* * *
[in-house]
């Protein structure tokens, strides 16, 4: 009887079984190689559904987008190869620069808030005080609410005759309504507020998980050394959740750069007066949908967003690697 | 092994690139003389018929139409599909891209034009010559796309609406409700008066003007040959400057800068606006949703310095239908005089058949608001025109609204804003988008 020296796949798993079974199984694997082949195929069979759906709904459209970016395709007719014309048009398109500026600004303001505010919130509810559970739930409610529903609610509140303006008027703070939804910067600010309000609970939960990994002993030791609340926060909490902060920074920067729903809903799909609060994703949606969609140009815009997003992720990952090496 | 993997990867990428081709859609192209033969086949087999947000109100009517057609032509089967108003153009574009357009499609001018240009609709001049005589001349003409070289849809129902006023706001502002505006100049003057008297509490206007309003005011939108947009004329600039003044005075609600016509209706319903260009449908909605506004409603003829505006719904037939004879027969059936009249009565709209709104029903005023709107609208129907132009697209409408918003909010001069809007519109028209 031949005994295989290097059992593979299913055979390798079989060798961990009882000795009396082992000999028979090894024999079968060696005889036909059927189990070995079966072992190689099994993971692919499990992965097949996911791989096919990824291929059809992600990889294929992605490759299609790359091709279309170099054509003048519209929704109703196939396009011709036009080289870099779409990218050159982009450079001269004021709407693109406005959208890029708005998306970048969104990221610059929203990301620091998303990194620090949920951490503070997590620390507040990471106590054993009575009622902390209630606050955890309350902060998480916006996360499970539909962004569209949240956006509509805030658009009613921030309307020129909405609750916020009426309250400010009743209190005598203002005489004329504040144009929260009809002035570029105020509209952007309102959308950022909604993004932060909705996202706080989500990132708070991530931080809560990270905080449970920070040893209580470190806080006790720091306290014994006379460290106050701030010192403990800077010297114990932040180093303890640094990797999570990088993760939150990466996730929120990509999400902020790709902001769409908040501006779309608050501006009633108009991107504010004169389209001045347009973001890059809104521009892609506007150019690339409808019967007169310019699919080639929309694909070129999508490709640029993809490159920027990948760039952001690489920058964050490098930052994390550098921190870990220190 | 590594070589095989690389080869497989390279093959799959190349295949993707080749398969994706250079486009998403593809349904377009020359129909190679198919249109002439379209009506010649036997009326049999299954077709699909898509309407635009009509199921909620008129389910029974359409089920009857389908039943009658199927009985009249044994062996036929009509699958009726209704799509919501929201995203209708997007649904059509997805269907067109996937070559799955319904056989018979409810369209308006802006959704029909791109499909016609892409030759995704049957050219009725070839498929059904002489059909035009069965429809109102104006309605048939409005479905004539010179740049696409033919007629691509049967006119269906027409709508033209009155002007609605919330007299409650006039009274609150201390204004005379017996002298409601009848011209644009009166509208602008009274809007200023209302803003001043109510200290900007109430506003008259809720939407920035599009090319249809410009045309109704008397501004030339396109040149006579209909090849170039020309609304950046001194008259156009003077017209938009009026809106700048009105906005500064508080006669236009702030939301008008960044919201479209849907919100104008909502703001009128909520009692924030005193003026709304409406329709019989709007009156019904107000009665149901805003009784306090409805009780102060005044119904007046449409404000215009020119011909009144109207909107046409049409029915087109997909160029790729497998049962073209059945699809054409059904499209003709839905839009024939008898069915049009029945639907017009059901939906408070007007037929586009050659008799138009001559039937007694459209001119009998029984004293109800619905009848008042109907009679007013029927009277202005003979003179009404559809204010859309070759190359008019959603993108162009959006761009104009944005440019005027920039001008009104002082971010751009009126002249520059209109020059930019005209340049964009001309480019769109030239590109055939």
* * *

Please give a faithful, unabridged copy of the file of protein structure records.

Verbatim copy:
[in-house]
């Protein structure tokens, strides 16, 4: 009887079984190689559904987008190869620069808030005080609410005759309504507020998980050394959740750069007066949908967003690697 | 092994690139003389018929139409599909891209034009010559796309609406409700008066003007040959400057800068606006949703310095239908005089058949608001025109609204804003988008 020296796949798993079974199984694997082949195929069979759906709904459209970016395709007719014309048009398109500026600004303001505010919130509810559970739930409610529903609610509140303006008027703070939804910067600010309000609970939960990994002993030791609340926060909490902060920074920067729903809903799909609060994703949606969609140009815009997003992720990952090496 | 993997990867990428081709859609192209033969086949087999947000109100009517057609032509089967108003153009574009357009499609001018240009609709001049005589001349003409070289849809129902006023706001502002505006100049003057008297509490206007309003005011939108947009004329600039003044005075609600016509209706319903260009449908909605506004409603003829505006719904037939004879027969059936009249009565709209709104029903005023709107609208129907132009697209409408918003909010001069809007519109028209 031949005994295989290097059992593979299913055979390798079989060798961990009882000795009396082992000999028979090894024999079968060696005889036909059927189990070995079966072992190689099994993971692919499990992965097949996911791989096919990824291929059809992600990889294929992605490759299609790359091709279309170099054509003048519209929704109703196939396009011709036009080289870099779409990218050159982009450079001269004021709407693109406005959208890029708005998306970048969104990221610059929203990301620091998303990194620090949920951490503070997590620390507040990471106590054993009575009622902390209630606050955890309350902060998480916006996360499970539909962004569209949240956006509509805030658009009613921030309307020129909405609750916020009426309250400010009743209190005598203002005489004329504040144009929260009809002035570029105020509209952007309102959308950022909604993004932060909705996202706080989500990132708070991530931080809560990270905080449970920070040893209580470190806080006790720091306290014994006379460290106050701030010192403990800077010297114990932040180093303890640094990797999570990088993760939150990466996730929120990509999400902020790709902001769409908040501006779309608050501006009633108009991107504010004169389209001045347009973001890059809104521009892609506007150019690339409808019967007169310019699919080639929309694909070129999508490709640029993809490159920027990948760039952001690489920058964050490098930052994390550098921190870990220190 | 590594070589095989690389080869497989390279093959799959190349295949993707080749398969994706250079486009998403593809349904377009020359129909190679198919249109002439379209009506010649036997009326049999299954077709699909898509309407635009009509199921909620008129389910029974359409089920009857389908039943009658199927009985009249044994062996036929009509699958009726209704799509919501929201995203209708997007649904059509997805269907067109996937070559799955319904056989018979409810369209308006802006959704029909791109499909016609892409030759995704049957050219009725070839498929059904002489059909035009069965429809109102104006309605048939409005479905004539010179740049696409033919007629691509049967006119269906027409709508033209009155002007609605919330007299409650006039009274609150201390204004005379017996002298409601009848011209644009009166509208602008009274809007200023209302803003001043109510200290900007109430506003008259809720939407920035599009090319249809410009045309109704008397501004030339396109040149006579209909090849170039020309609304950046001194008259156009003077017209938009009026809106700048009105906005500064508080006669236009702030939301008008960044919201479209849907919100104008909502703001009128909520009692924030005193003026709304409406329709019989709007009156019904107000009665149901805003009784306090409805009780102060005044119904007046449409404000215009020119011909009144109207909107046409049409029915087109997909160029790729497998049962073209059945699809054409059904499209003709839905839009024939008898069915049009029945639907017009059901939906408070007007037929586009050659008799138009001559039937007694459209001119009998029984004293109800619905009848008042109907009679007013029927009277202005003979003179009404559809204010859309070759190359008019959603993108162009959006761009104009944005440019005027920039001008009104002082971010751009009126002249520059209109020059930019005209340049964009001309480019769109030239590109055939």